The committee voted 9-0 to support Szymaniak’s recommendation to close the high school to outside groups until after school re-opens.
Szymaniak said parents and staff are being surveyed about their experience with remote learning this spring, to plan in case it is required for part of the next school year.
Hanson Committee member Mike Jones asked how town meetings would be affected, as both towns are looking at the high school for the sessions. Szymaniak said the gym can fit more than 300 socially-distanced people, with room for almost 125 more in the performing arts center — and that both towns can be accommodated for an outdoor event, as well, he said. Local attendees would also make contact tracing easier, according to Szymaniak.
A budget Q & A document, used as talking points at a recent meeting of the Whitman Finance Committee, is being posted on the district website to provide information for residents and officials to refer to going into town meetings, including staff reductions and resulting class sizes.
“I implore anybody, if you have any questions, to please contact the superintendent or administration — not for people to be sitting in a meeting and saying, ‘Well, the superintendent can do this …,’” Small said. “When, in fact, its not true, they don’t know what they are talking about and it’s very frustrating.”
The 10-page document is also the subject of an informational half-hour cable show on WHCA-TV hosted by School Committee Chairman Bob Hayes in conversation with Whitman member Christopher Scriven and Hanson member Christopher Howard.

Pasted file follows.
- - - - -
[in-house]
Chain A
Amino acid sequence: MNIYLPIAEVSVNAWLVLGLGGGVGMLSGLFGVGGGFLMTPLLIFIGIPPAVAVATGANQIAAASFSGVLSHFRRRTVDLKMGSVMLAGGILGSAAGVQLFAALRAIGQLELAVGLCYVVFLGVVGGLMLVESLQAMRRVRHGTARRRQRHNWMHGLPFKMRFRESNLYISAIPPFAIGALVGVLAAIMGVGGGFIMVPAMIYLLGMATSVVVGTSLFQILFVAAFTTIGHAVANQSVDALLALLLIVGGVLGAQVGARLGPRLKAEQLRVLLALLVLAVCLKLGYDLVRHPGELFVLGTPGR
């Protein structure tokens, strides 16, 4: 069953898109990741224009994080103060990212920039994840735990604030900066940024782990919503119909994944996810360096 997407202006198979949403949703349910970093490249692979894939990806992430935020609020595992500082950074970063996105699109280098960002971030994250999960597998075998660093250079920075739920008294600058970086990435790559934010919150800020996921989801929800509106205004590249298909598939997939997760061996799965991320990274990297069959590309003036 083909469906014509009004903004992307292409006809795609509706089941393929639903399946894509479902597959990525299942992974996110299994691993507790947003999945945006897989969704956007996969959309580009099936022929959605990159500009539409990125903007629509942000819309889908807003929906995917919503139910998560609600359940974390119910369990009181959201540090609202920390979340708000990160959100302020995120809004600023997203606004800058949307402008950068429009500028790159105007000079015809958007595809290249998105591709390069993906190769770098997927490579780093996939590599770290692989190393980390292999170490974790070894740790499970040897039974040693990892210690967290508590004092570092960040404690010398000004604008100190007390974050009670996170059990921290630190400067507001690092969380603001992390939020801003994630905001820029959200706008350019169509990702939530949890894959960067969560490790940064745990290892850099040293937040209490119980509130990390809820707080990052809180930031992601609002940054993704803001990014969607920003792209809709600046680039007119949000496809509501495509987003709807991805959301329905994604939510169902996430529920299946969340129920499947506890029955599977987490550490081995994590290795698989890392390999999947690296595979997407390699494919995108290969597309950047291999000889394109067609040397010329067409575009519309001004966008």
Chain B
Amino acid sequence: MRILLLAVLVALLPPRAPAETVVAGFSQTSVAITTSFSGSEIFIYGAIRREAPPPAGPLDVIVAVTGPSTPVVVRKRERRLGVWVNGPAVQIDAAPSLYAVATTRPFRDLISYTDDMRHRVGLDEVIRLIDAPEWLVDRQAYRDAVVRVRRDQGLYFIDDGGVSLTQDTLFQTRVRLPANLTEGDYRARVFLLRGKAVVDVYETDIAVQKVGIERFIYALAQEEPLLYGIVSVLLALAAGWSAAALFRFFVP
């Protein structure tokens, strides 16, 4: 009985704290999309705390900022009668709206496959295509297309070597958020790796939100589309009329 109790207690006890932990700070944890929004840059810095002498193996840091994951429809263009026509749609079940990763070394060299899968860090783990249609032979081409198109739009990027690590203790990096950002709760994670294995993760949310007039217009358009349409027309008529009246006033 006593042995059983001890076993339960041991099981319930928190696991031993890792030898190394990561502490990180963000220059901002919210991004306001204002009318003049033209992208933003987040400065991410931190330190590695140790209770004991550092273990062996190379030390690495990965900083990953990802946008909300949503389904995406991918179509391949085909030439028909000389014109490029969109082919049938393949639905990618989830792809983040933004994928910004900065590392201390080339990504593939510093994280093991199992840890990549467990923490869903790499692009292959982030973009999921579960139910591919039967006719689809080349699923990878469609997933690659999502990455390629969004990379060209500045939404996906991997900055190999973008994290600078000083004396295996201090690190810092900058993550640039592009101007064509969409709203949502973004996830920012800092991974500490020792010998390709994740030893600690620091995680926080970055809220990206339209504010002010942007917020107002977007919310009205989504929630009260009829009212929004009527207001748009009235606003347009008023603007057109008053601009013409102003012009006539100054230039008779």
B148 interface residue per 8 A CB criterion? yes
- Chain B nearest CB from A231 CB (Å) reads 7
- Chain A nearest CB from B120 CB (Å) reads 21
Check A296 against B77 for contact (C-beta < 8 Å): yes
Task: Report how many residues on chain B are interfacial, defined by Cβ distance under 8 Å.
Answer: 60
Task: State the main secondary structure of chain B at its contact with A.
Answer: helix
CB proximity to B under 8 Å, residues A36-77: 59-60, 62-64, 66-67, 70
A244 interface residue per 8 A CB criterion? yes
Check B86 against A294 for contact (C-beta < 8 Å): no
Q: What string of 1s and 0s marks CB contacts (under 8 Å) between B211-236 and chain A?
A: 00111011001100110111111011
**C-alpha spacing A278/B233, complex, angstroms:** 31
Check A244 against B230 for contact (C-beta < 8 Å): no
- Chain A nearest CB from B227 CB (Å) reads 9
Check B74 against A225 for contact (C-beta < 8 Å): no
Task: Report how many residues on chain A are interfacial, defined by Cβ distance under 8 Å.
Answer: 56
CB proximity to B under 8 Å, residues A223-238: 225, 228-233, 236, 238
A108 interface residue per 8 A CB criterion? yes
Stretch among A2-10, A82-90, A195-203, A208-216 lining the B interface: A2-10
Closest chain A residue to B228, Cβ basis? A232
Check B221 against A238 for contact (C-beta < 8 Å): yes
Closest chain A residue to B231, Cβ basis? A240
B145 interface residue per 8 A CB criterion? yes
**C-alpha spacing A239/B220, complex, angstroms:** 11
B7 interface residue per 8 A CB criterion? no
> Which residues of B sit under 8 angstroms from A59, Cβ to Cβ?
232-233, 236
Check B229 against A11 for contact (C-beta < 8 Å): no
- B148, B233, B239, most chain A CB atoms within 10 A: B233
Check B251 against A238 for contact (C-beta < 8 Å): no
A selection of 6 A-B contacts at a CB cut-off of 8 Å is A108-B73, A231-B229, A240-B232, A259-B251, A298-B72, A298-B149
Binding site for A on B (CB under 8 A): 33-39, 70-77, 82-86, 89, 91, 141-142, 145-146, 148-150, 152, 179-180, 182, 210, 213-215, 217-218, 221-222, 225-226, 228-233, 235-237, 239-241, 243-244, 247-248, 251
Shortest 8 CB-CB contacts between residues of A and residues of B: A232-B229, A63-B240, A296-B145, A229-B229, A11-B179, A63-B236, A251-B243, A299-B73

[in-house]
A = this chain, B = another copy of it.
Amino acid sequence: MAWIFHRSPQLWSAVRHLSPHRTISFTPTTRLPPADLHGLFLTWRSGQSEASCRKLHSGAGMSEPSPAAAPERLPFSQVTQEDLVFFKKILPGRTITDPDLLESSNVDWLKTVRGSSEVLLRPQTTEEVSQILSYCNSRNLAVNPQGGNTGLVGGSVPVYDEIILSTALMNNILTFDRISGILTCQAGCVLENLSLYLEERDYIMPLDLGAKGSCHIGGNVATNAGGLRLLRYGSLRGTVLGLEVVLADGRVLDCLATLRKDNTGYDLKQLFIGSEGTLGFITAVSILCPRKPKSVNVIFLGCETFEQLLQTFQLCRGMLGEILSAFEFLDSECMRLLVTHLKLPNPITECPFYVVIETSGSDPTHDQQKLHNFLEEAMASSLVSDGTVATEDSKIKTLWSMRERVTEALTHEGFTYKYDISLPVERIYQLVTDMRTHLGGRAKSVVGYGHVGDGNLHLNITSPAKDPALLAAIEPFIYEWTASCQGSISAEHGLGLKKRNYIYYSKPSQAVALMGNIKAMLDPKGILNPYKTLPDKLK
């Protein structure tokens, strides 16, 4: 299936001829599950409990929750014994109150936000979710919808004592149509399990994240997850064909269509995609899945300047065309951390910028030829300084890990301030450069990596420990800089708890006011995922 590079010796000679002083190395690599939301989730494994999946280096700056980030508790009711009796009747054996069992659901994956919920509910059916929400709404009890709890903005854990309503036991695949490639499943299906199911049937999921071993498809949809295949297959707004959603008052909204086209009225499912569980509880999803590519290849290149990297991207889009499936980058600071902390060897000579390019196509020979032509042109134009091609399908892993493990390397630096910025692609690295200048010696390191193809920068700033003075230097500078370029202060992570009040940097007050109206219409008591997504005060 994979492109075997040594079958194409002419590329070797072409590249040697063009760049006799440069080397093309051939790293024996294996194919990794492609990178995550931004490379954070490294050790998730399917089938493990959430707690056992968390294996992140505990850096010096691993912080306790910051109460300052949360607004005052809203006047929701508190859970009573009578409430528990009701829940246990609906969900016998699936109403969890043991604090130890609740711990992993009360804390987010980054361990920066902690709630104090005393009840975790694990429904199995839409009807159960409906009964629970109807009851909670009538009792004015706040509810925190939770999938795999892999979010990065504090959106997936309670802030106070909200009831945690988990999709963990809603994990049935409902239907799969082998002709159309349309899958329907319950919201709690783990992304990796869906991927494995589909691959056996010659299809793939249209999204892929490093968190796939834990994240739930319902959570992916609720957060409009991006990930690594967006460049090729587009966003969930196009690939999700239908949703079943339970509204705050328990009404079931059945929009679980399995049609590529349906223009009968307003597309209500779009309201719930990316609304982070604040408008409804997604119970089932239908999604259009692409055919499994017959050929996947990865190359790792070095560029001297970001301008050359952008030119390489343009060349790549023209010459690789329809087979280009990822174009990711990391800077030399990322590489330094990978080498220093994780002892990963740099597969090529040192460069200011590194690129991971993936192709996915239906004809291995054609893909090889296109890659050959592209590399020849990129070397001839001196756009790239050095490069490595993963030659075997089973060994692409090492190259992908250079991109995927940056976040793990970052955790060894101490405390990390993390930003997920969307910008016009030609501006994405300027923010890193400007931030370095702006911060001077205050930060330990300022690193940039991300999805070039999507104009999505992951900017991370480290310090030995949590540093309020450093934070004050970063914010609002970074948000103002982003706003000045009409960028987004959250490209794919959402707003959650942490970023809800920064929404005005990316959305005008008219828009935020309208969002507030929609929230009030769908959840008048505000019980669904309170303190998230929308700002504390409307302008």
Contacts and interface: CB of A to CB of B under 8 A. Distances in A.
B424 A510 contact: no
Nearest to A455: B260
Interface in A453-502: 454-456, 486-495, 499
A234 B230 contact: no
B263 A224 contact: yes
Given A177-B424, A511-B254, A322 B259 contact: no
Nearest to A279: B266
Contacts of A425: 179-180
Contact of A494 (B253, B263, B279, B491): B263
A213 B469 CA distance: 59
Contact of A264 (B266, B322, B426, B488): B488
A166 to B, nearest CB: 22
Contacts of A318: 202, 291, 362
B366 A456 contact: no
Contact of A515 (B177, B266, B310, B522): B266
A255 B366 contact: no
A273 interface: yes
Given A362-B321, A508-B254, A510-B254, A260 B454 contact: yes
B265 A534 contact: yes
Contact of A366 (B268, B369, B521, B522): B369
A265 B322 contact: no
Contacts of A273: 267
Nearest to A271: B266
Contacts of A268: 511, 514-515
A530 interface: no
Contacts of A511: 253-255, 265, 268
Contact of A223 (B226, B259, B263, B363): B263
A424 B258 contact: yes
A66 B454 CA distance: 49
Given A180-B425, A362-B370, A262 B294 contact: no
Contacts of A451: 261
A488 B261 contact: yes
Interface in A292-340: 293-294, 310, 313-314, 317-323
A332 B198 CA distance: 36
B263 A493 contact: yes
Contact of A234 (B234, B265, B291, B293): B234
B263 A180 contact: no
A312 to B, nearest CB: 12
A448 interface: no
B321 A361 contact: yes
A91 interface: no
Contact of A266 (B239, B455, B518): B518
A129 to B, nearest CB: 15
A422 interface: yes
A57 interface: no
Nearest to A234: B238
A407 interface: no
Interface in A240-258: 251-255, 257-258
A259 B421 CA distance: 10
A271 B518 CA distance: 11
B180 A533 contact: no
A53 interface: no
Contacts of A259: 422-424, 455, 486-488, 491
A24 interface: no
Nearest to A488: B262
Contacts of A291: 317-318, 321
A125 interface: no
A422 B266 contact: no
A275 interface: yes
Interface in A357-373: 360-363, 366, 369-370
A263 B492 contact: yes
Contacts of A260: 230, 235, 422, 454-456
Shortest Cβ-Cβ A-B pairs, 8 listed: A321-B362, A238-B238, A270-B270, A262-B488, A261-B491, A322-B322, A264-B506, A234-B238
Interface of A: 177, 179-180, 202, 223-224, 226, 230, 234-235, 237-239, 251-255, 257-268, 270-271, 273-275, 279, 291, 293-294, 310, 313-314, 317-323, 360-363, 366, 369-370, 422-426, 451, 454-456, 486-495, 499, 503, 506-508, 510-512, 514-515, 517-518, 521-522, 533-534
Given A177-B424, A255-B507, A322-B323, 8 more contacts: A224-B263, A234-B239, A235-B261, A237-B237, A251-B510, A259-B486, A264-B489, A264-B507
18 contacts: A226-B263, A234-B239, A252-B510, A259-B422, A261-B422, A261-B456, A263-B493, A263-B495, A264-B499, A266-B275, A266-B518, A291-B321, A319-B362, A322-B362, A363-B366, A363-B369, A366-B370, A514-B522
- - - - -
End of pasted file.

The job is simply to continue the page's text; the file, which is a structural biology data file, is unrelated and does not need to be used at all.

“It’s a dangerous precedent to just float numbers out there when there are really other true numbers, that the true, hard facts come through at,” Hayes said.
“I will not respond to questions on social media,” Szymaniak said. “I will only respond by email or phone call.”
Committee member Dawn Byers urged the committee to keep their eyes on the education they are providing.
“Education should level the playing field, so our budget is something that we’re presenting to prepare kids to compete with our area kids,” she said, concerned about regression by the fall among children whose families can’t afford tutoring or other technology, educational or social-emotional assistance. She also noted years in which she sat in the audience at meetings watching services to children funded last.
“I watched as the leftovers of the municipal budget went to the school as if it was an insignificant piece of the town,” she said. “This district has been an excellent partner to both towns. This district has negotiated every year — unfortunately, some years, negotiating down and cutting the budget.”
She cautioned that excess and deficiency has to be used as a budget safety net and made a motion to meet with the Mass. Association of School Committees to set up a series of workshop to set goals for student achievement, establishing all-day kindergarten and budgetary goals for 2023.
The motion was not supported because other committee members argured, Szymaniak is already working on a strategic plan while the towns are stuggling to fund a level-service budget.